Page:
Contemporary Performance announces the festival Special Effects from January 8-10, 2015. The festival consists of artists from the Contemporary Performance Network presenting work at The Wild Project in the East Village. Curated by network editors Caden Manson and Jemma Nelson the four day festival will hold panel and artist events, launch the Contemporary Performance Almanac15 book and throw nightly performance parties in the Wild Project Bar.
Artist driven and oriented, Special Effects gathers experimental performance works by practitioners exploring contemporary issues. Drawing on a network of over 15,000 artists who are part of www.contemporaryperformance.com, the festival samples the the richness of the discipline of performance and presents an open forum for critical thinking on the issues of the day. Tickets are $15.
Institute for New Feeling
Audience space limited. “group” is a full-sensory live music and video performance that engages audience members in eye contact, cardiovascular, breathing, and physical contact exercises—all techniques pulled directly from research and experience with corporate team building exercises, contact improvisation, Viewpoints training, group meditation, yoga, and sensory deprivation. However, group also plays with the absurd language, commercialism and forced intimacy of corporate team-building programs, allowing participants to be completely engrossed in the experience one minute, and to laugh at themselves in the next. Please be aware that this is a highly interactive experience and there is no sitting on the sidelines. Seating will only provided to audience members with special needs. Participants in a group session should expect an experience more like a movement workshop or yoga class than a simple stage performance. For more info visit www.iamgroup.me and read our group member agreement.
Heather Litteer curates the opening night party with performative interviews of female legends from the downtown arts scene. Continuing her series of interviews with longtime community members and artists of the East Village, Lower East Side and Brooklyn, these oral histories provide crucial links between threads of performance traditions and offer perspectives on the particular conditions that give rise to urban performance cultures. An open forum, these peer-to-peer discussions between established artists give an insider’s view to “outsider” expression: the struggles, strategies and successes of creating an artist’s life. Heather Litteer is the 2014 recipient of the Fox Foundation Resident Actor Fellowship.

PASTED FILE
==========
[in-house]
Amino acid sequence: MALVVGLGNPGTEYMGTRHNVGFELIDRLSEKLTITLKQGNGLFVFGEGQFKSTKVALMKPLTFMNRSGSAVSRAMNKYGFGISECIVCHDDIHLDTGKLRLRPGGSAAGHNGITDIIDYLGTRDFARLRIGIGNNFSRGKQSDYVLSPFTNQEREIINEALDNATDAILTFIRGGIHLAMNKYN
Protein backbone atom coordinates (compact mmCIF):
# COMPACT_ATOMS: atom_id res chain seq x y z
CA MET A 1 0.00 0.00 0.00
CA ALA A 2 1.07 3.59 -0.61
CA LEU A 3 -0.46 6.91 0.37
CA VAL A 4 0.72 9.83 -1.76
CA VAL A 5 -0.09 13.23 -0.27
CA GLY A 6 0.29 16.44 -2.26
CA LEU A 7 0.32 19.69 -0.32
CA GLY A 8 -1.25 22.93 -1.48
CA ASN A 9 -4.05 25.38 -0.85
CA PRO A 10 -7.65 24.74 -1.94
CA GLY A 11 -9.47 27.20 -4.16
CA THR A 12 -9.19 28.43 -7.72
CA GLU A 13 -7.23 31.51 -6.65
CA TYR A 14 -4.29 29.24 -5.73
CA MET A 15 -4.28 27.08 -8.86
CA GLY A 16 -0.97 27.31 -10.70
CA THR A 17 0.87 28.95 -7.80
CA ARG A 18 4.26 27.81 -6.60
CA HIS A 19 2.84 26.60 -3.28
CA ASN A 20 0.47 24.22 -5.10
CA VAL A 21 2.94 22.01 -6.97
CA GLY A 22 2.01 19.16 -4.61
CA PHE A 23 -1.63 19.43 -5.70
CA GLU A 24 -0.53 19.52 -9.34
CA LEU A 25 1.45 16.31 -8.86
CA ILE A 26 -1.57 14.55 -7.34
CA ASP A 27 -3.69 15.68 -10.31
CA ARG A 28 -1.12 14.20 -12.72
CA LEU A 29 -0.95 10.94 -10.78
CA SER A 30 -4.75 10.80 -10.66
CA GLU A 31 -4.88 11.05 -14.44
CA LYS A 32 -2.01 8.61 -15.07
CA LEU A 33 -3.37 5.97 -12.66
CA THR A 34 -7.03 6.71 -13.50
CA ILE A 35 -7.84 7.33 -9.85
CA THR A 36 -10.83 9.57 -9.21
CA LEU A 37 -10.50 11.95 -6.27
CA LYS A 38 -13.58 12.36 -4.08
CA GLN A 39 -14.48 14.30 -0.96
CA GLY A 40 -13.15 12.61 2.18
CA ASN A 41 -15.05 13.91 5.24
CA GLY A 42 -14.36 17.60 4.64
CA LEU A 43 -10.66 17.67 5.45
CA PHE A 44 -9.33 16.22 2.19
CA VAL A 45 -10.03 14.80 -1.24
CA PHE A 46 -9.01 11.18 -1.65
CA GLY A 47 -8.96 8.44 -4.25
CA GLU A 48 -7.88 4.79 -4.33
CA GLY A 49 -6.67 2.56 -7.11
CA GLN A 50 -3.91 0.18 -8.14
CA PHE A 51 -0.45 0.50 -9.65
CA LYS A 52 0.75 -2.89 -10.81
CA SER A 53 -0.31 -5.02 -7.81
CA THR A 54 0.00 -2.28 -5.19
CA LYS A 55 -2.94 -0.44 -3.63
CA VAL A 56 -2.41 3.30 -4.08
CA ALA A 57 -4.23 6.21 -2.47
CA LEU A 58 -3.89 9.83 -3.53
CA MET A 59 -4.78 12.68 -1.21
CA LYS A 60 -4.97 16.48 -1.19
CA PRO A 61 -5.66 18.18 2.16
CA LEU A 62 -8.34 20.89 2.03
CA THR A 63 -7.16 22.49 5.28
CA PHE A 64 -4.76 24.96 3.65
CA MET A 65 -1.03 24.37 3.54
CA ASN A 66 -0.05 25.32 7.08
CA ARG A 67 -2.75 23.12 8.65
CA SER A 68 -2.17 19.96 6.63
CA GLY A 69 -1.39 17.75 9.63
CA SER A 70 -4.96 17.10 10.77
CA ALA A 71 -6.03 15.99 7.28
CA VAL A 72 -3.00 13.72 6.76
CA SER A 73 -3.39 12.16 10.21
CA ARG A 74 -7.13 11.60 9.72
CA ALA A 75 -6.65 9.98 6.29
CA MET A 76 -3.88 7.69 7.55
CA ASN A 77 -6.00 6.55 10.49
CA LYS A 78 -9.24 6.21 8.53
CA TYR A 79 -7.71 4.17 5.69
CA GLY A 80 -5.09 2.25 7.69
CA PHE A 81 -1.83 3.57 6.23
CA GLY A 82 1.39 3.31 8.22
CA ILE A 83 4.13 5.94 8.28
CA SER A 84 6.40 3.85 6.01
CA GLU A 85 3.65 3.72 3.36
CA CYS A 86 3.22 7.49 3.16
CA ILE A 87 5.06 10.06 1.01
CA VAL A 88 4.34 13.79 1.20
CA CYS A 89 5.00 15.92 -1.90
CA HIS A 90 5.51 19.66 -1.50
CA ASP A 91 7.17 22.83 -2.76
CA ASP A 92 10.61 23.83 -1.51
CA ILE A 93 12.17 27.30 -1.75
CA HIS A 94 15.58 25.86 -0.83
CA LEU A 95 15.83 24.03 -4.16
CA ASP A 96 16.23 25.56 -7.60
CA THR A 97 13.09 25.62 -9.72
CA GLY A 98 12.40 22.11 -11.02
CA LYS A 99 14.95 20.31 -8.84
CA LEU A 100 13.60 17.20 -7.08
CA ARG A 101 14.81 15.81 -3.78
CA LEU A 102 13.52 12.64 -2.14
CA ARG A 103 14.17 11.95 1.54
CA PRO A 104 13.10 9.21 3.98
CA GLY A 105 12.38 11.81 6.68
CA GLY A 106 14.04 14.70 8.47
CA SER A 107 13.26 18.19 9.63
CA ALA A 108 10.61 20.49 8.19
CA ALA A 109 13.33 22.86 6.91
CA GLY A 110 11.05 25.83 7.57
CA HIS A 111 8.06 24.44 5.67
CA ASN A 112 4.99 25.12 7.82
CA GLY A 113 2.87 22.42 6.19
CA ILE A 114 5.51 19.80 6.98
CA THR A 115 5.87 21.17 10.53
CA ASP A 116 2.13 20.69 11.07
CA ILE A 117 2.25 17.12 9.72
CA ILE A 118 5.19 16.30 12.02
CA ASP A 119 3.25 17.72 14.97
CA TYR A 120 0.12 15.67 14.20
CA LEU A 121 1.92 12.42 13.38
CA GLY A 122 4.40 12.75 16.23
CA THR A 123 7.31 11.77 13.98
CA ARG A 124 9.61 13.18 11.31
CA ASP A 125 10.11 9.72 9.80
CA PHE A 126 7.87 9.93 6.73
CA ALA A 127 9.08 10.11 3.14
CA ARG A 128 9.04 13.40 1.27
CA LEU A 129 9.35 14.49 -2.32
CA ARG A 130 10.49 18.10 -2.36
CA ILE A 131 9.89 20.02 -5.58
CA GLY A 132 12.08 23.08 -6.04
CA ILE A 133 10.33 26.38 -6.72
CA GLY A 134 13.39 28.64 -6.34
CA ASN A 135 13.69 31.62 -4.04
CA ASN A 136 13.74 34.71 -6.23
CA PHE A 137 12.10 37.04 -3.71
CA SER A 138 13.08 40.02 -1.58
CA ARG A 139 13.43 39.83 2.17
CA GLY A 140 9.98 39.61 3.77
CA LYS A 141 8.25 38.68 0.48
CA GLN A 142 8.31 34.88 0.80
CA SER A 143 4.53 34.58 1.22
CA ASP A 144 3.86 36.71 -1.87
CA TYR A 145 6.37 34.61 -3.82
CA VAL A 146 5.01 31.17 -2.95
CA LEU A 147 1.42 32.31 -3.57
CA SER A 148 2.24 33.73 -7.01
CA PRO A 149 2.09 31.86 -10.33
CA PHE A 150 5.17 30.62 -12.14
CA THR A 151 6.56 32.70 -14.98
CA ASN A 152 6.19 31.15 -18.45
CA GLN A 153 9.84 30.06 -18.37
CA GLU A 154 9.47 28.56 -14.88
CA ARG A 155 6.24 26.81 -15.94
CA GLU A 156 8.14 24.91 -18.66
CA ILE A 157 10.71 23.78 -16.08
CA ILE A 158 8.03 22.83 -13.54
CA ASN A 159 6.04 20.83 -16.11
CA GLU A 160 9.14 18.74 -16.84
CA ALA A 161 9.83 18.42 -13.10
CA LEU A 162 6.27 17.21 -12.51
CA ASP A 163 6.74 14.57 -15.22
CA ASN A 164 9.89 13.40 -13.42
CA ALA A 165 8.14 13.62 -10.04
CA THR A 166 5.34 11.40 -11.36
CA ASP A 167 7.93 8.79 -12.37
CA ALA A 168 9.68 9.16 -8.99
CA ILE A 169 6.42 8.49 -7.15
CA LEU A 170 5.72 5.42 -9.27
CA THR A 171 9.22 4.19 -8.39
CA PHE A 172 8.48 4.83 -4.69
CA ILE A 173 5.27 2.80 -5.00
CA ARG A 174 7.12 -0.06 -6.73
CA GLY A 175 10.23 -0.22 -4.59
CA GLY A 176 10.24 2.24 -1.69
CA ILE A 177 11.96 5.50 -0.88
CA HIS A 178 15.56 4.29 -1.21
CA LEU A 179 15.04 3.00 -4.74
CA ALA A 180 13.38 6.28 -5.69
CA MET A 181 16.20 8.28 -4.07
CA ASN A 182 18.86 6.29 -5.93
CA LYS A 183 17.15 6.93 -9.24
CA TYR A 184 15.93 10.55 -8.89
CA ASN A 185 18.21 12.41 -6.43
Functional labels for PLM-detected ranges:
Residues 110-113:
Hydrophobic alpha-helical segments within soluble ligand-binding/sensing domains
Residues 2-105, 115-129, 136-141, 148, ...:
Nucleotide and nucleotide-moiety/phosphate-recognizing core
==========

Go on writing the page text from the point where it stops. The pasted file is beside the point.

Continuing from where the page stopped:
Asking For It
A One-Lady Rape About Comedy Starring Her Pussy and Little Else
Adrienne Truscott, one-half of the infamous Wau Wau Sisters, dressed only from the waist up and the ankles down, undresses and dresses down the rules and rhetoric about rape, comedy and the awkward laughs in between. With commentary from George Carlin, Louis C. K. and Robert De Niro, ducks, whistles, and enough gin and tonics to get a girl in trouble, she lets her pussy do the talking. Set to pop music. Can you make jokes about rape? She plans to, all night long. “Truscott is always a step ahead… with firecracker wit, sophistication and luminous humanity.” ★★★★★ Guardian (UK) “A brilliantly bold and thoroughly engaging provocation.” ★★★★ The Times (UK)
Colin Self is a composer, vocalist, and choreographer living in Brooklyn, NY. His performances explore vocality, corporeality, and familial systems as a site for energetic transformation. Through his performance work, community organization, and personal life, Colin exhibits radical forms of healing as a constant praxis of collective resistance. Colin has performed at The New Museum, MoCA Miami, PS1 MoMA, MCA Chicago, Suzanne Geiss Gallery, and for Miami’s NADA Art Fair.
Ben Gansky, Cloud City
Guest curator Ben Gansky, Cloud City. An evening of new works and works-in-progress from the Contemporary Performance network revealing radical fresh bleeding-edge trans-medial experiments in performance. From young makers breaking into and out of the performance scene, this evening event brings together vital forces that are shaping the next frontier of performativity. Existing between the black box of experimental theatre and the white rooms of the art museum, gray spaces explore the marginal zones of performance.